After reviewing SunPower’s latest module with greater than 21% total area efficiency based on Gen 3 solar cells, Dr. Swanson said: “It will not be very long in the future before 20% will become the standard silicon solar cell.

Looking at Future Trends in c-Si, Dr. Swanson highlighted kerfless wafers as standing out on the revolutionary side and mentioned SunPower’s investment in the Epi (epitaxial) based kerfless wafer company named Solexel.

By smashing the $1/W module price metric, c-Si has become a front running solar technology in the SunShot race with established scale advantages, a moving target of increasing efficiencies, and a proven technology for manufacturing investments and field installations.

Other perspectives
A week later at TechConnect World 2012 in Santa Clara, California USA, additional viewpoints were expressed on the PV Learning Curve.

E. I. Du Pont De Nemours And Co (NYSE:DD) Global Market & Product Planning Manager, Photovoltaic Encapsulants, Dr. Penny L. Perry said:

On a log scale module reductions have been virtually linear through the growth of the solar industry until 4Q 2011 when it dropped off well below the line.

Dr. Perry observed there was probably not a lot of room left for cost reductions in the material portion of modules. Efficiency improvements, increasing module reliability and durability, and reducing system cost, not just module costs, are the three keys to reducing the overall PV system LCOE (Levelized Cost of Energy). Extending module lifetimes beyond 25 years to 30 or 40 years while maintaining 90% power output was mentioned as a possible, achievable target to further reduce LCOE.

Applied Materials, Inc. (NASDAQ:AMAT) Energy and Environmental Solutions, Chief Marketing Officer & Managing Director, Business Development, Kevin Chen said:

What is interesting is that as we track recent quotations in the market, we are seeing that the price per watt is tracking below all of these trend lines. So the question is can the market sustain this?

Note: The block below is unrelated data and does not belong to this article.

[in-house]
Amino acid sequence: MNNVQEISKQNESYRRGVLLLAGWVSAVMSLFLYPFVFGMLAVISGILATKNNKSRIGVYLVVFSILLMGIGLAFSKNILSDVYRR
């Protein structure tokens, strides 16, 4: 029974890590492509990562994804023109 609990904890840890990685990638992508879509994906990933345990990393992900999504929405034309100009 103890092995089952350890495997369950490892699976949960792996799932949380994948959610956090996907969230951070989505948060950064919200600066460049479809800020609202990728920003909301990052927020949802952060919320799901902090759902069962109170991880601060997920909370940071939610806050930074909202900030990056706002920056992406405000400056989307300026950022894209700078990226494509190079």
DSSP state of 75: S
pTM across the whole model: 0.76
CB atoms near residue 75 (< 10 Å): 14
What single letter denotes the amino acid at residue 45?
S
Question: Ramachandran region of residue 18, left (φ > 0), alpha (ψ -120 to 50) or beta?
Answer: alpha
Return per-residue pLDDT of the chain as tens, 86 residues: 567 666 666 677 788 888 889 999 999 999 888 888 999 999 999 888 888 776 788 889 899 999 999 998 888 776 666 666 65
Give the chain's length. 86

Will we come out of this curve because of the oversupply situation or will we continue it, and the answer remains to be seen.

Mr. Chen’s takeaway was “the traditional trajectory of cost reduction is being accelerated” and increasing cell efficiency should be the focus for further reducing the cost per Watt.

However, critics argue the SunShot goals are harmful to the PV industry and the current pricing is unsustainable. These arguments will be confirmed if module pricing returns to the PV Learning Curve as the market shakeout and consolidation resolves itself over the coming quarters and years.

Meanwhile per “High efficiency grabs the headlines, but cost reduction remains the priority” by Finlay Colville in a Guest Blog at, the heralded improvements in silicon cell efficiency through advanced cell design will have to wait until “the leading candidates for non-silicon cost reduction have been exhausted” perhaps as late as 2014!

At the Applied Materials 2012 Investor & Analyst Meeting Webcast, the Breakout Session video, The Solar Roadmap: Continuing Cost Reduction, presented by Applied Solar President Charlie Gay, Ph.D., is quite informative regarding developments in crystalline silicon solar technology from an AMAT perspective and references one of Dr. Swanson’s Swerve slides. Per the AMAT “Benchmark Cell Evolutionary Sequence” slide, SunPow
er’s next step is evolutionary thinner wafers or a discontinuous move to kerfless wafer technology.

DISCLOSURE: No position in any of the stocks mentioned.

Edgar Gunther is a photovoltaic enthusiast who researches and pens the GUNTHER Portfolio under the Photovoltaic Blogger moniker. The GUNTHER Portfolio is an eclectic collection of niche Blog posts about solar photovoltaic technologies, companies, industry developments, and occasional energy politics sprinkled with insight, analysis, and irreverent commentary.